Let’s talk about death and dying

Let's Talk about Death and Dying! cover

This blog post was contributed by Lesley Carter, Joint Head of Health Influencing at Age UK. 

“How people die remains in the memory of those who live on”, Cicely Saunders (1918-2005), founder of the modern hospice movement. 

Positive advances in health care and public health mean that most of us will die later in life. Hooray! Yet most of us have never had a conversation with someone we love about death and dying and actually most of us don’t really want to. I think it’s a generational thing. But this is not the best place to be – this approach will not help us cope with our own death, or that of a loved one, or to manage our own feelings during death and bereavement.

Continue reading “Let’s talk about death and dying”

Mental health services are failing older people

Age UK’s new report on the state of mental health care for older people in England, Hidden in plain sight: the unmet mental health needs of older peoplesheds new light on the current state of NHS mental health services for those in later life.

Incomplete care 

The scale of the problem surrounding old age mental health cannot be underestimated. An estimated 1 in 4 people over the age of 65 live with a common mental health condition such as depression or anxiety, rising to a staggering 40 per cent of people living in care homes. Yet the Royal College of Psychiatrists has estimated that nearly 85 per cent of older people do not receive any help. Continue reading “Mental health services are failing older people”

Tackling the future funding of social care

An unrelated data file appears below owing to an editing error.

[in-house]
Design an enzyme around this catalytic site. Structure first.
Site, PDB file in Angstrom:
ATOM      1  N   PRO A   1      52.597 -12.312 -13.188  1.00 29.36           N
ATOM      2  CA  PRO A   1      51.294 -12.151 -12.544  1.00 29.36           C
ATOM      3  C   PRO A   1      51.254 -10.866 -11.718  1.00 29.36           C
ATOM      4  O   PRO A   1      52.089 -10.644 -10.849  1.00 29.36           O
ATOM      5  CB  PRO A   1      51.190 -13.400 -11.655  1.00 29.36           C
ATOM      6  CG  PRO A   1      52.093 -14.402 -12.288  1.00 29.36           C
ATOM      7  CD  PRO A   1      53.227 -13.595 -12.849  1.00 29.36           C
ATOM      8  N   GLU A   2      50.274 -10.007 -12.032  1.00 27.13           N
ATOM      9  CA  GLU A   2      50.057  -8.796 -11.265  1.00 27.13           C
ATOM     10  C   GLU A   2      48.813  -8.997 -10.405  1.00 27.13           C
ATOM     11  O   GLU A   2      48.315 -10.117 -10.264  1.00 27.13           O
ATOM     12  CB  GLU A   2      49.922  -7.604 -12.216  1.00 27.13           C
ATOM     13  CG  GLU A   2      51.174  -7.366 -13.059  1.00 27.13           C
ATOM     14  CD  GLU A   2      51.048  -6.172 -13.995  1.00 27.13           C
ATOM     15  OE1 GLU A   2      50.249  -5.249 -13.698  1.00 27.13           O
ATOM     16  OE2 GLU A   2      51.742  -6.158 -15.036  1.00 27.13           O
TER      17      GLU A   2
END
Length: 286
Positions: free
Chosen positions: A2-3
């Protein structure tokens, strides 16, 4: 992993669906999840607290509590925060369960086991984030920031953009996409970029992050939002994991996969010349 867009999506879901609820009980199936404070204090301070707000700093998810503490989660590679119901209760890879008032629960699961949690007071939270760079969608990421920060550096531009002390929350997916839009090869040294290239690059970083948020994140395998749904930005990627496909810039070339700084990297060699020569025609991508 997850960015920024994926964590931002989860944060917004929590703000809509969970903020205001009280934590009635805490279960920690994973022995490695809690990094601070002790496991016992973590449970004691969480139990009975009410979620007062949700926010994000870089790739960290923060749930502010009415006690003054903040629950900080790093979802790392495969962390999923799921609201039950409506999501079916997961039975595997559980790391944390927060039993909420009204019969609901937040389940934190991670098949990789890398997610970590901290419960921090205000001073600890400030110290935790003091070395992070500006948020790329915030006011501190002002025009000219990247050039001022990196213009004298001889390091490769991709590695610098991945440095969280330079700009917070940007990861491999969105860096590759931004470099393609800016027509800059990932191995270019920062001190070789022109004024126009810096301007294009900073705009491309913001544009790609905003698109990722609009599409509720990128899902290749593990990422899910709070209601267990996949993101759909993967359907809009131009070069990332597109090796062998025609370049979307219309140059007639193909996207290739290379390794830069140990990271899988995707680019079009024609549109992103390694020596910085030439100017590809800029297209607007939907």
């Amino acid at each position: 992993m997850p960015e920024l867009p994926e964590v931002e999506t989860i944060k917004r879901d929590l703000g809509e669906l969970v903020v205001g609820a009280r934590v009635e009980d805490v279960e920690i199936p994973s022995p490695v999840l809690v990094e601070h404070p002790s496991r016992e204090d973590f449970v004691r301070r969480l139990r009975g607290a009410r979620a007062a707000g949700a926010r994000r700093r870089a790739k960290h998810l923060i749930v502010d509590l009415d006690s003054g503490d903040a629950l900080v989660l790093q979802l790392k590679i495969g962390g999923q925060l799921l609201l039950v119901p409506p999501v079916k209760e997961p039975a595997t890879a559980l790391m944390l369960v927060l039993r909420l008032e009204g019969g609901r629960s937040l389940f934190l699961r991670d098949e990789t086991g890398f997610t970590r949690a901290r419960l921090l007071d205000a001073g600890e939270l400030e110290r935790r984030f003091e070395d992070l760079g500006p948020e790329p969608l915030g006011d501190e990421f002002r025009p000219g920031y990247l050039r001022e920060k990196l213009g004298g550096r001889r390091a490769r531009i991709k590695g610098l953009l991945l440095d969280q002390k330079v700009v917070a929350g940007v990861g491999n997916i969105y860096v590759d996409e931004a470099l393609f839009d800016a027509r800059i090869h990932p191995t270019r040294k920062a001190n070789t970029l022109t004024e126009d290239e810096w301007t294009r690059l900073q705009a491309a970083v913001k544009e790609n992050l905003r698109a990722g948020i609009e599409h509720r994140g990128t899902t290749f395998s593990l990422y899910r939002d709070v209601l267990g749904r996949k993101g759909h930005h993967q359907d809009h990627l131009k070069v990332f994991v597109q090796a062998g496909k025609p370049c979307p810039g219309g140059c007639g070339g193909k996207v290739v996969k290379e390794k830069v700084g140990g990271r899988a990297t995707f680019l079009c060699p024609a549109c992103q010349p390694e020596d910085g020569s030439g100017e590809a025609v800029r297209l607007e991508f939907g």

Age UK has responded to a Department of Health consultation on the future funding of social care. This marks the latest stage in the long march to reform how we pay for care. The ‘Dilnot’ Commission on long term care funding recommended a new system whereby the amount that individuals would be expected to pay towards their care needs would be capped. The government has announced that it will implement a modified version of these recommendations. However there are still many unanswered questions about the new system and concern about its complexity.

The proposals are based on a new national system of eligibility for local authority care. The only spending by an individual that will count towards the 440px_older_carers_handscap is that required to meet needs which fall within these criteria – currently set at ‘substantial’ . If the criteria are too restrictive people might have spent large amounts before their outlay even starts to count towards the cap. Age UK has therefore argued that eligibility for local authority care should include people with what would currently be defined as moderate needs. Continue reading “Tackling the future funding of social care”

Will there be Warm Homes, Healthy People this winter?

It’s the last day of August, and frankly I’m clinging to the hope that this pretty miserable summer will give us at least a few warm days this September before it’s done. So I really don’t want to be thinking about the cold dark days of winter which may be just a couple of months away.

But actually my working days at the moment are spent thinking about nothing else. For many older people, the onset of winter is not a good time, especially if your home is cold and poorly insulated or you cannot afford ever increasing fuel bills.

Over the last ten years, there have been around 26,700 additional deaths each winter, when compared to the other months of the year (ONS). The vast majority of these ‘excess winter deaths’ – more than ninety per cent – are among older people. There is also an associated increase in GP visits, hospital admissions and social care calls due to cold weather. This useful website gives a picture of the situation across England.